The reason why arbitrage funds are going up and up | Mint

The reason why arbitrage funds are going up and up



As the size of these funds go up, it will be difficult for them to find higher number of opportunities for arbitrage

Arbitrage funds had seen a record net inflow of 14,924 crore in July. This is the highest monthly net inflows received by the category of funds at least since April 2018. The inflows in these funds have been robust in calendar year 2021 as they have received a net inflow of 49,106 crore, while last year during the same period, arbitrage funds saw a net outflow of 15,248 crore. So, what is driving investors to these funds now?

There are a couple of factors that are resulting in strong inflows in these funds.

One could be that some of the high-net-worth individuals (HNIs) are using these funds to park the gains booked from equity markets. “I am broadly seeing a lot of HNIs parking their gains from equity markets as they look extremely expensive," said Kirtan Shah, co-founder and chief executive officer, SRE Wealth.

However, the net equity inflows in July were also at a record high, which clearly indicates that the trend is not widespread.

The other reason is the better tax-adjusted returns delivered by arbitrage funds when compared with liquid funds. Liquid funds have delivered returns of 3.13%, while arbitrage funds have delivered a slightly higher returns of 3.66% over the past one year, according to data available on

Photograph From Istock; Graphic By Paras Jain/Mint
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Photograph From Istock; Graphic By Paras Jain/Mint

Arbitrage funds are considered as an alternative to liquid funds. “In the past few months, arbitrage funds have delivered better linear post-tax returns compared with liquid funds," said Sailesh Jain, fund manager, Tata Mutual Fund.

The differential in return may not be much, but it is the tax efficiency of arbitrage funds that gives them an edge over debt funds, including liquid funds.

Arbitrage funds get the tax treatment of equity funds. In the case of equity funds, short-term gains (for a holding period of less than one year) are taxed at the rate of 15%, while in case of debt funds, short-term gains (for a holding period of less than three years) are taxed according to the slab rate, which can go up to 30% for a person falling in the highest tax bracket.

While the long-term capital gain exceeding 1 lakh is taxed at 10% in the case of equity funds, it is taxed at the rate of 20% post indexation in the case of debt mutual funds.

So, tax efficiency and lower volatility make arbitrage funds a good alternative to liquid funds. But are these good for retail investors? Before we come to that, let’s first understand how these funds work and does it make sense for retail investors to park money in these funds.

How arbitrage funds work: In simple terms, these funds generate returns by capturing the difference in the price of the same stock in the cash (also known as spot market) and the futures (where participants buy and sell contracts for delivery on a future date) markets, or differential in price of the same stock listed on two exchanges, by buying and selling the stock simultaneously.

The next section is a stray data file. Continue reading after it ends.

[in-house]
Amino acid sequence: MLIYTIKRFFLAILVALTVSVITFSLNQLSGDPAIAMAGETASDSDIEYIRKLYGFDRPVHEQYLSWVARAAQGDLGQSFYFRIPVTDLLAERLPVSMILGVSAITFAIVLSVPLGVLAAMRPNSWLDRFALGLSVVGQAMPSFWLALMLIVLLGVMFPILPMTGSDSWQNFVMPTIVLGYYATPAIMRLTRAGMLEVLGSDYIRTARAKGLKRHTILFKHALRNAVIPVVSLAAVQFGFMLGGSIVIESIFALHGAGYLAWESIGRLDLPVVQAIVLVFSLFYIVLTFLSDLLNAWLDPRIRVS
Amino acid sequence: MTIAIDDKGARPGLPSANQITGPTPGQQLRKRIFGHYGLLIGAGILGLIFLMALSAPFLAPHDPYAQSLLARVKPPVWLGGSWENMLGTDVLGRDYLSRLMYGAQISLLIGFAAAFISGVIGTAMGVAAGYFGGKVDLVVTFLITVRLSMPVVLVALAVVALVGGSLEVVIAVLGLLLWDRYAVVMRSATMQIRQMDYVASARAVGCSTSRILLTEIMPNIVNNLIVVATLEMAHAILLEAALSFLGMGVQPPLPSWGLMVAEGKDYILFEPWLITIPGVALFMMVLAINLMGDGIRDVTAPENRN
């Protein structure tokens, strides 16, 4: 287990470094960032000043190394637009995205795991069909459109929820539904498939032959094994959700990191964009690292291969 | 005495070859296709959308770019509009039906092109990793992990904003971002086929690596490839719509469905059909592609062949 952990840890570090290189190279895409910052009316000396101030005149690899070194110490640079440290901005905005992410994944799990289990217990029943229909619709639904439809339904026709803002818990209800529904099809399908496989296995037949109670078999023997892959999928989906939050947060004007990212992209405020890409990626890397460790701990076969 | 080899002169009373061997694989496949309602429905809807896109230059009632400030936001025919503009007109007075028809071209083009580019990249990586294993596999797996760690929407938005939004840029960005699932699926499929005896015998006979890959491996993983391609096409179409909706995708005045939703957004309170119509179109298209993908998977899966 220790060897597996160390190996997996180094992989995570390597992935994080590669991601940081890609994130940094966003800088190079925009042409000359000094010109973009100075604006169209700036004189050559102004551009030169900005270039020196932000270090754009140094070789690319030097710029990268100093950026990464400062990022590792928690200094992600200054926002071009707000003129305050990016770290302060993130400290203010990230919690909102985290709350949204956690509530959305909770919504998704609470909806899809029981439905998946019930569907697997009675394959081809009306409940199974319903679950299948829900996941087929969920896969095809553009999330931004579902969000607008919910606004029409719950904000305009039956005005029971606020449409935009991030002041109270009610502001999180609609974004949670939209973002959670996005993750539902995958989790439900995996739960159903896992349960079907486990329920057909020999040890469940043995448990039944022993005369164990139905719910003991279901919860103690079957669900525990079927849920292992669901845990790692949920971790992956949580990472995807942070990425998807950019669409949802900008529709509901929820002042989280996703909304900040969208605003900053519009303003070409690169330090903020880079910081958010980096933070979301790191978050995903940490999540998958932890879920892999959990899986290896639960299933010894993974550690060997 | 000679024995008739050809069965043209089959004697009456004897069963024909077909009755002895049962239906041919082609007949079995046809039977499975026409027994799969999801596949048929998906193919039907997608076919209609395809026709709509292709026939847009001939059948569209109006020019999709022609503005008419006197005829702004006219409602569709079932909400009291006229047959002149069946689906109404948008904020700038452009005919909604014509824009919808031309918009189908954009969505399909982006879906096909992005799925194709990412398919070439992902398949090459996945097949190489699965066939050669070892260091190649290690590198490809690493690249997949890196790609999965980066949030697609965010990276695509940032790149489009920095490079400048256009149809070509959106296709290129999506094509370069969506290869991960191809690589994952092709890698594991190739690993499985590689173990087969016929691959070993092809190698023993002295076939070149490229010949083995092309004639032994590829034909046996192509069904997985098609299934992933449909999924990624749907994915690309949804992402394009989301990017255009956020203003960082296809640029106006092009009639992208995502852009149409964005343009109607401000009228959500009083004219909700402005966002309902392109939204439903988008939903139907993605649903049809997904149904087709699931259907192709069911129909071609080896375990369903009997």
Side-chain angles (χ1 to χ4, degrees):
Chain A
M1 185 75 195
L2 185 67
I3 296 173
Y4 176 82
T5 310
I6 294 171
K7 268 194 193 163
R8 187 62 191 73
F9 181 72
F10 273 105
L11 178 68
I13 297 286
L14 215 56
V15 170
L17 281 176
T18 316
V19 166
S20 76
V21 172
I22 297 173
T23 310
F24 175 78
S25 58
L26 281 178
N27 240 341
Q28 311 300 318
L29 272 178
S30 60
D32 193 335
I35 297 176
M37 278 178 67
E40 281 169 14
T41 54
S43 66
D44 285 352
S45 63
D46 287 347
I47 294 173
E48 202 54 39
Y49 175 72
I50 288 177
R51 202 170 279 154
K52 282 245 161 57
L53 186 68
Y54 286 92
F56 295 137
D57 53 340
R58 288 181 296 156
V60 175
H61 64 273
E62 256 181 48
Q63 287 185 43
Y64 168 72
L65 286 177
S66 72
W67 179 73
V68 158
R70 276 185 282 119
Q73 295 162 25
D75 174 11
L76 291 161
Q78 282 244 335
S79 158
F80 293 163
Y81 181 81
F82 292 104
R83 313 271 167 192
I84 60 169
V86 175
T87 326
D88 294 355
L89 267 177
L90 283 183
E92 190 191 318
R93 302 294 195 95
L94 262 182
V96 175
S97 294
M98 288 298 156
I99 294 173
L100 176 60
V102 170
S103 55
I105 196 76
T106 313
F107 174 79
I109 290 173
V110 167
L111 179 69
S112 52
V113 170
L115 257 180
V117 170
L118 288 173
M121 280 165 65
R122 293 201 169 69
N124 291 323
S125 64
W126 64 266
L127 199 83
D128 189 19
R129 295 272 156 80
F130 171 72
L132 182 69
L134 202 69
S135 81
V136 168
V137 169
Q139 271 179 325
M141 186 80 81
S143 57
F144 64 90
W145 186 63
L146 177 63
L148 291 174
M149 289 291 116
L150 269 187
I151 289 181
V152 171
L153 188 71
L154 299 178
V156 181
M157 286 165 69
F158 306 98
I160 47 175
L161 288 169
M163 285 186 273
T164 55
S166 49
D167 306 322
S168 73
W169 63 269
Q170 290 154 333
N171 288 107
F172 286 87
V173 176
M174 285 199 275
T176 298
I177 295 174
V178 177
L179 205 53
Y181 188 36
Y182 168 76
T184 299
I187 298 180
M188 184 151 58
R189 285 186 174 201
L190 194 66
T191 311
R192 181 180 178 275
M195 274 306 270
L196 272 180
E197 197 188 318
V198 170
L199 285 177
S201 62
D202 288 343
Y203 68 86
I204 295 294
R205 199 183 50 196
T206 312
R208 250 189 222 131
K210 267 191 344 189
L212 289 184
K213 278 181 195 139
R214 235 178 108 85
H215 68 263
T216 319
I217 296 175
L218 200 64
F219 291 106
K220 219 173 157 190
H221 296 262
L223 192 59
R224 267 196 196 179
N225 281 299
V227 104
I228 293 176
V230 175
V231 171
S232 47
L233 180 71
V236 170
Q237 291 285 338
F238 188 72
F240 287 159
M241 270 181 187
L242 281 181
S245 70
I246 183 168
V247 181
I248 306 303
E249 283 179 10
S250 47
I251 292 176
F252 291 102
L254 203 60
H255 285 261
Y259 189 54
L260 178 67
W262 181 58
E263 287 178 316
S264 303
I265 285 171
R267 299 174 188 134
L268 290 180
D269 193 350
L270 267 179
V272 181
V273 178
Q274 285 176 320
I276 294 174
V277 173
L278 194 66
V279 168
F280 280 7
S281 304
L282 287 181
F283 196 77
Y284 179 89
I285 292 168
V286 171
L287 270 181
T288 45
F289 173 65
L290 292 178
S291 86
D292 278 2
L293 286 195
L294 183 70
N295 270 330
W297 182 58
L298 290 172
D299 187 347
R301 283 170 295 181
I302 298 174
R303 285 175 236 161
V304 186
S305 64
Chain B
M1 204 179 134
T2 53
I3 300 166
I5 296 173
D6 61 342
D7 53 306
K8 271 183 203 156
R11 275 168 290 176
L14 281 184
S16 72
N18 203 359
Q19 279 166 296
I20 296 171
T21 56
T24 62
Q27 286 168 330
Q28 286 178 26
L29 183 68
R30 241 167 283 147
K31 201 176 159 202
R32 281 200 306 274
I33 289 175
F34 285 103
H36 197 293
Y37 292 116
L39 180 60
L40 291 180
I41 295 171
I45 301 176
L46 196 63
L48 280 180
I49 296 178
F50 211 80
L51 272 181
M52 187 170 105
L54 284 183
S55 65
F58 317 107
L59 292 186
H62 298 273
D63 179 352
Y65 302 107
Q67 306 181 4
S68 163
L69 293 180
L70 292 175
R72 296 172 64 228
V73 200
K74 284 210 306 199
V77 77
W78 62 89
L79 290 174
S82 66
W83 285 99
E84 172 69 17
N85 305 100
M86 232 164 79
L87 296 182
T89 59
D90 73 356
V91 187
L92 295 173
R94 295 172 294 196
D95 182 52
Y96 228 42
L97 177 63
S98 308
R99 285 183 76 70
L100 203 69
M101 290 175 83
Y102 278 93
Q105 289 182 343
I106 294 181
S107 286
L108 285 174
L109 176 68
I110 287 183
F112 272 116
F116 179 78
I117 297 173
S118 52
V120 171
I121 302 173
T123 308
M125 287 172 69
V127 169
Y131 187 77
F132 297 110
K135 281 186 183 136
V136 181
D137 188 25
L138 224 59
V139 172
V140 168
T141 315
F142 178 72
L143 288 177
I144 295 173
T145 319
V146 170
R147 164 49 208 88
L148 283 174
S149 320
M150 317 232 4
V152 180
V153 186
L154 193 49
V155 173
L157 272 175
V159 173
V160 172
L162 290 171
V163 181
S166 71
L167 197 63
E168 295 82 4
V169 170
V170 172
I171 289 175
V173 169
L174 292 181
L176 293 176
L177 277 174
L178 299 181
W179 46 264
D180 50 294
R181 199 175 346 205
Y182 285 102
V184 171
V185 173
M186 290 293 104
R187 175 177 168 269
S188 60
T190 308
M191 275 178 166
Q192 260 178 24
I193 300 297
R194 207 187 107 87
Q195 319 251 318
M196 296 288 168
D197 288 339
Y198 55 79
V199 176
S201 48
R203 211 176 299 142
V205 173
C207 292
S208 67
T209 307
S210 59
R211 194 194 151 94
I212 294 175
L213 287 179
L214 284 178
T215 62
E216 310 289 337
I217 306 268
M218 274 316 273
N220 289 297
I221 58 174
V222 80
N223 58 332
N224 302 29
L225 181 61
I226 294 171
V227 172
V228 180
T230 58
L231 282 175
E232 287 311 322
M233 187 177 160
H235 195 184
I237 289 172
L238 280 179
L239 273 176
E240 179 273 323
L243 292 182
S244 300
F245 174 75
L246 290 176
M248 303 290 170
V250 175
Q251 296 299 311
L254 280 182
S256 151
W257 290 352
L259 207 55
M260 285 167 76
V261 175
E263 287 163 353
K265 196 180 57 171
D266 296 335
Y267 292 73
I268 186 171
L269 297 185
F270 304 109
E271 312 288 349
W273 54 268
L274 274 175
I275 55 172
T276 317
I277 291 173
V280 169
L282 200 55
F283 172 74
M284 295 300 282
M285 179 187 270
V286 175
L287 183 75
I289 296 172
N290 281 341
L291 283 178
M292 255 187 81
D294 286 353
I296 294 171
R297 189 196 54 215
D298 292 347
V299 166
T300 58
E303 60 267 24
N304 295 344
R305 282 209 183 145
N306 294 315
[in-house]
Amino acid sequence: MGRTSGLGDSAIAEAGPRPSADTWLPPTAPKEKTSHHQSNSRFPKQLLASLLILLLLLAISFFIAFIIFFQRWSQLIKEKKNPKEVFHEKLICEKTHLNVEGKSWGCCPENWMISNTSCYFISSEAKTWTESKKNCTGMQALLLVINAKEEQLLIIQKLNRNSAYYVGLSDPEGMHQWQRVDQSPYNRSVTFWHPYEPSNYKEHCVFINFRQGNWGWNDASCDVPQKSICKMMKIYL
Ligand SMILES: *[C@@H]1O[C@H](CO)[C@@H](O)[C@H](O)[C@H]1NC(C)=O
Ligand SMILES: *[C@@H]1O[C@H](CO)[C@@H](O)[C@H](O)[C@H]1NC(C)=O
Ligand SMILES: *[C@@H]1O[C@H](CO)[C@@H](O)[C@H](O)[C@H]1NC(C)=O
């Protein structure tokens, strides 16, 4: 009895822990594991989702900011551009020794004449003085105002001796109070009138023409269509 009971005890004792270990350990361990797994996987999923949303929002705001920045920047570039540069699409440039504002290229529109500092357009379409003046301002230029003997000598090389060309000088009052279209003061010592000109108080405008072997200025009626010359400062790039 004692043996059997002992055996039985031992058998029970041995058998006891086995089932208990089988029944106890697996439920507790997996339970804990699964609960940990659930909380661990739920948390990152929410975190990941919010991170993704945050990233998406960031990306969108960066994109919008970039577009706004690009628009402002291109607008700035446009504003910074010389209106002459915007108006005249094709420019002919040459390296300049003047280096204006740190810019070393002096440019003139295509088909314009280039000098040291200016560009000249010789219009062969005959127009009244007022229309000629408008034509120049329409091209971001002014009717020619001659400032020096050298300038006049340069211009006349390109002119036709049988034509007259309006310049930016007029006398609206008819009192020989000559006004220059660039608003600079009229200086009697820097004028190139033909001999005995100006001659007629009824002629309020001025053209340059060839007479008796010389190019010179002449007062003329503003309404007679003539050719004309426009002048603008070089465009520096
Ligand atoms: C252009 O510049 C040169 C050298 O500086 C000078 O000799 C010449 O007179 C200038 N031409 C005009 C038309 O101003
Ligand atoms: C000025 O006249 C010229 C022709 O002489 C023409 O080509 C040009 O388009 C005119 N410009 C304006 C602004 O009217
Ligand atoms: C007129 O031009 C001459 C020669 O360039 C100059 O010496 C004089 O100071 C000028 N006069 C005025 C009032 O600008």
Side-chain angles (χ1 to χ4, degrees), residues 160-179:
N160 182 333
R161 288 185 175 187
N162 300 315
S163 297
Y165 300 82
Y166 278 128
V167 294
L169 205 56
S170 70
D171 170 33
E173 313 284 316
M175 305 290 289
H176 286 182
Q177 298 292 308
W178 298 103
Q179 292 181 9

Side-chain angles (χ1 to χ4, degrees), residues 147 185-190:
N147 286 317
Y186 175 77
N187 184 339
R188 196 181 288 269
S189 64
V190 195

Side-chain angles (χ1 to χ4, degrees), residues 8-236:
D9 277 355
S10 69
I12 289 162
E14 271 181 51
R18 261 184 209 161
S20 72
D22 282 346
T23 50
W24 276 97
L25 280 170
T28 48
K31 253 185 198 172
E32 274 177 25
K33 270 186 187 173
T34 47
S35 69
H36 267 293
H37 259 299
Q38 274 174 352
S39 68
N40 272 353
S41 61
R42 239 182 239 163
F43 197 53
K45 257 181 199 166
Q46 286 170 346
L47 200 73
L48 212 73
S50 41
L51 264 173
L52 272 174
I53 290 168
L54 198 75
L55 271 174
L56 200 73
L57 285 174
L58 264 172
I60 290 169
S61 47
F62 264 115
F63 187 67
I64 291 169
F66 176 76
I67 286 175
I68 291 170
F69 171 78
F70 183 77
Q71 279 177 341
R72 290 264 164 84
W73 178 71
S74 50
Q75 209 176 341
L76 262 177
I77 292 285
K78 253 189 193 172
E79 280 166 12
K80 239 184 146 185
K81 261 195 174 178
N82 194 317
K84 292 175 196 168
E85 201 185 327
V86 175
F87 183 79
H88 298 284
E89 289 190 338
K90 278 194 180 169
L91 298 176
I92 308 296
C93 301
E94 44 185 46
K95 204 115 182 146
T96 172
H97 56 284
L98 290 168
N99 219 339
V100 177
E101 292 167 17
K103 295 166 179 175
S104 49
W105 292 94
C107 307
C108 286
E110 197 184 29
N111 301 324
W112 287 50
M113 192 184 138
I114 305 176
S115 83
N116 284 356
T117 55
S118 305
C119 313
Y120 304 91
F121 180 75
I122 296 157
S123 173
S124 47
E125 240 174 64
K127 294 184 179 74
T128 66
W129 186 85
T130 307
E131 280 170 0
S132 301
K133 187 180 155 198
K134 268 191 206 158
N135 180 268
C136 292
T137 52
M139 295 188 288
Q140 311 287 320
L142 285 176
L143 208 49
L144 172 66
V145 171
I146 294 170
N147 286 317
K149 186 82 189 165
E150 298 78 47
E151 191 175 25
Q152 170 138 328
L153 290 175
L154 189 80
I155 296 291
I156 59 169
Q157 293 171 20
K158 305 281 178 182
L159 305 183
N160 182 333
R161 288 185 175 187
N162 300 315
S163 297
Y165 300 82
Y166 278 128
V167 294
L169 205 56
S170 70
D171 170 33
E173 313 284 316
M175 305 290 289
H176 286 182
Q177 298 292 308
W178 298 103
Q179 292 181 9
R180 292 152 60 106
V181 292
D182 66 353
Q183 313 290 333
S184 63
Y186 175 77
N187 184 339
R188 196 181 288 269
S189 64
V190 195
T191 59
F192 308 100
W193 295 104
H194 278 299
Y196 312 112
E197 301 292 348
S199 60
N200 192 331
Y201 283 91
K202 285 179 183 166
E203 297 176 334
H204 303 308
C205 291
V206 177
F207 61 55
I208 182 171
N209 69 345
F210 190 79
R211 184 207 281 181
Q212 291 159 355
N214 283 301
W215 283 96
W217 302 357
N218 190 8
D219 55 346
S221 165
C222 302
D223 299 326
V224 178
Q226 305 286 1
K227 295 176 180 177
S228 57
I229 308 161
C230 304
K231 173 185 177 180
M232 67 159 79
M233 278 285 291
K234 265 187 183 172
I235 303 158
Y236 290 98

Such opportunities are higher when the markets are volatile as it can lead to a wider price difference (or spread) between the cash and futures market.

So, let us assume Maruti Suzuki is trading at 1,000 in the cash market, while in the futures market (where the delivery of stock has to be done on a future date) price of the stock is trading at 1,050. So, the fund manager will buy the security in the cash market and sell it in the future market. This 50 is the profit that an investor will earn. Because buy and sell transactions are happening simultaneously, there is no volatility associated in the returns. So, arbitrage funds are able to deliver returns with lesser volatility, and the risk is lower even when compared with most categories of debt funds that we saw taking a hit in the past due to default of companies on principal or interest repayment. Arbitrage funds don’t generally give negative returns, but if it happens, it will only be temporary and the same will be recovered on the expiry of a future contract. It may happen in case the premium on the future contract turns negative before the date of expiry.

However, the returns from these funds depend on the availability of arbitrage opportunities in the market. Also, as the size of these funds go up, it will be difficult for them to find more and more arbitrage opportunities; this may impact returns. In the past, we have seen some arbitrage funds stop subscriptions during volatile times.

A few funds in the category stopped taking fresh subscriptions last year. “During the bull phase, the spread (differential between spot and futures price) goes up, which helps arbitrage funds deliver better returns," said Jain.

These funds are considered an alternative to liquid funds, which are often used by the retail investors to park their emergency corpus. However, it will also depend on your time horizon. “Arbitrage funds are best if you are looking at an investment horizon of up to six months," said Shah.

However, if you are looking for a shorter period, like one month or so, do remember that some of the arbitrage funds also have exit loads.

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